Former Shin Bet chief: Allowing live-fire against rock-throwers will escalate situation

Yuval Diskin says causing more bloodshed will exacerbate situation.

By JPOST.COM STAFF
September 21, 2015 12:24
1 minute read.
A Palestinian throws a stone at a Border Police vehicle during a protest near Ramallah

A Palestinian throws a stone at a Border Police vehicle during a protest near Ramallah. (photo credit: REUTERS)

 
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Former Shin Bet chief Yuval Diskin on Monday criticized Prime Minister Benjamin Netanyahu's plans to change the rules of engagement and allow opening fire on those throwing rocks and Molotov cocktails in an attempt to deal with stone-throwing attacks in and around Jerusalem.

"Eased open-fire restrictions - will this stop the Molotov cocktail and stone-throwing terror?" Diskin asked in a post published on his Facebook page.

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"Those who believe that a quicker finger on the trigger through eased live-fire rules will stop the stone-throwing terror - are wrong," Diskin wrote.

Diskin said that measures to stop rock-throwing attacks in the capital discussed by Netanyahu in Sunday's cabinet meeting, such as changing the rules of engagement, fining the parents of minors caught rock-throwing and legislating minimum sentences for rock-throwers, have been discussed "hundreds of times in the past."

"Ongoing stone-throwing, Molotov cocktails, vehicular terror attacks, stabbings and more, usually bear witness to a bad atmosphere on the street, which stems from various and complicated circumstances: economic crisis, reaction to a difficult terror attack or incident (for example the attack against the Dawabshe family in Duma), tensions at the Temple Mount, frustration, and mainly - hopelessness," he posited.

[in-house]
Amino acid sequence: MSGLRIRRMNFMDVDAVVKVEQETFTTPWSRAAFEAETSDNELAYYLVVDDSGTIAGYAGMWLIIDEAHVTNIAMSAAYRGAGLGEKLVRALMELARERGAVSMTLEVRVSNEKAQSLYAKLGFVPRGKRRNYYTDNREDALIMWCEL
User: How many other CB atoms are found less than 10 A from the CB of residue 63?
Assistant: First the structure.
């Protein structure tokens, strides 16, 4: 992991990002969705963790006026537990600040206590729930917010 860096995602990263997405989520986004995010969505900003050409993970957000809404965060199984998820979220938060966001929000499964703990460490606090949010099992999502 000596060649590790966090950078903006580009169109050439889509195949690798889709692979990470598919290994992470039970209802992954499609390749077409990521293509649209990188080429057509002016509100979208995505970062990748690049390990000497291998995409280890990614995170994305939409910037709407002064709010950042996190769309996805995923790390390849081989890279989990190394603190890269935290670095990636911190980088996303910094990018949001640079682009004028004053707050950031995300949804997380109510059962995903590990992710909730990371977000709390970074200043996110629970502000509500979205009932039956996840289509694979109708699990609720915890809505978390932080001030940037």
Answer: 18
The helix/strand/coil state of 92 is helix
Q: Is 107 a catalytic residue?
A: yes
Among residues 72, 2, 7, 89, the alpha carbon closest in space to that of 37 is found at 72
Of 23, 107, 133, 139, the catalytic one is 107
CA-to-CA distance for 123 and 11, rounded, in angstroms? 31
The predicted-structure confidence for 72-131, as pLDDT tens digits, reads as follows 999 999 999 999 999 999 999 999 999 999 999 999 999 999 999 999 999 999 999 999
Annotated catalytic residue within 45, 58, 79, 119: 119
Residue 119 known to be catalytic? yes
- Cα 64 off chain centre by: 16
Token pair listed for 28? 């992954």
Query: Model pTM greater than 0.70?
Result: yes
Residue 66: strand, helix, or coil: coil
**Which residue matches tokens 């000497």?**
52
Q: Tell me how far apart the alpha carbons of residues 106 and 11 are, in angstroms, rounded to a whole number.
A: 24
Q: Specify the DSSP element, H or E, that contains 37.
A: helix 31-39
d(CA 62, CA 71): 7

"There is no greater mistake than causing more bloodshed, especially of citizens. The opposite is true. That only serves to worsen and escalate the situation," Diskin argued.

Diskin said that the use of live fire against disturbances at the beginning of the second intifada, in October 2000, had brought negative consequences that have continued to influence the situation up until today. He said that terror groups took advantage of the "revenge atmosphere" created to bring the phenomenon of suicide terror attacks that characterized the second intifada.



During the Arab Spring as well, harsher crackdowns by the regimes involved turned up the flames of the protests and the governments collapsed more quickly, he said.

"I suggest to all of the populist politicians who are selling the public cheap slogans like, 'eased live-fire restrictions' and a 'strong hand', that they reconsider their policy, because it will cost us dearly," he said.

Diskin called on Attorney-General Yehuda Weinstein to prevent the proposed changes to the rules of engagement.

 

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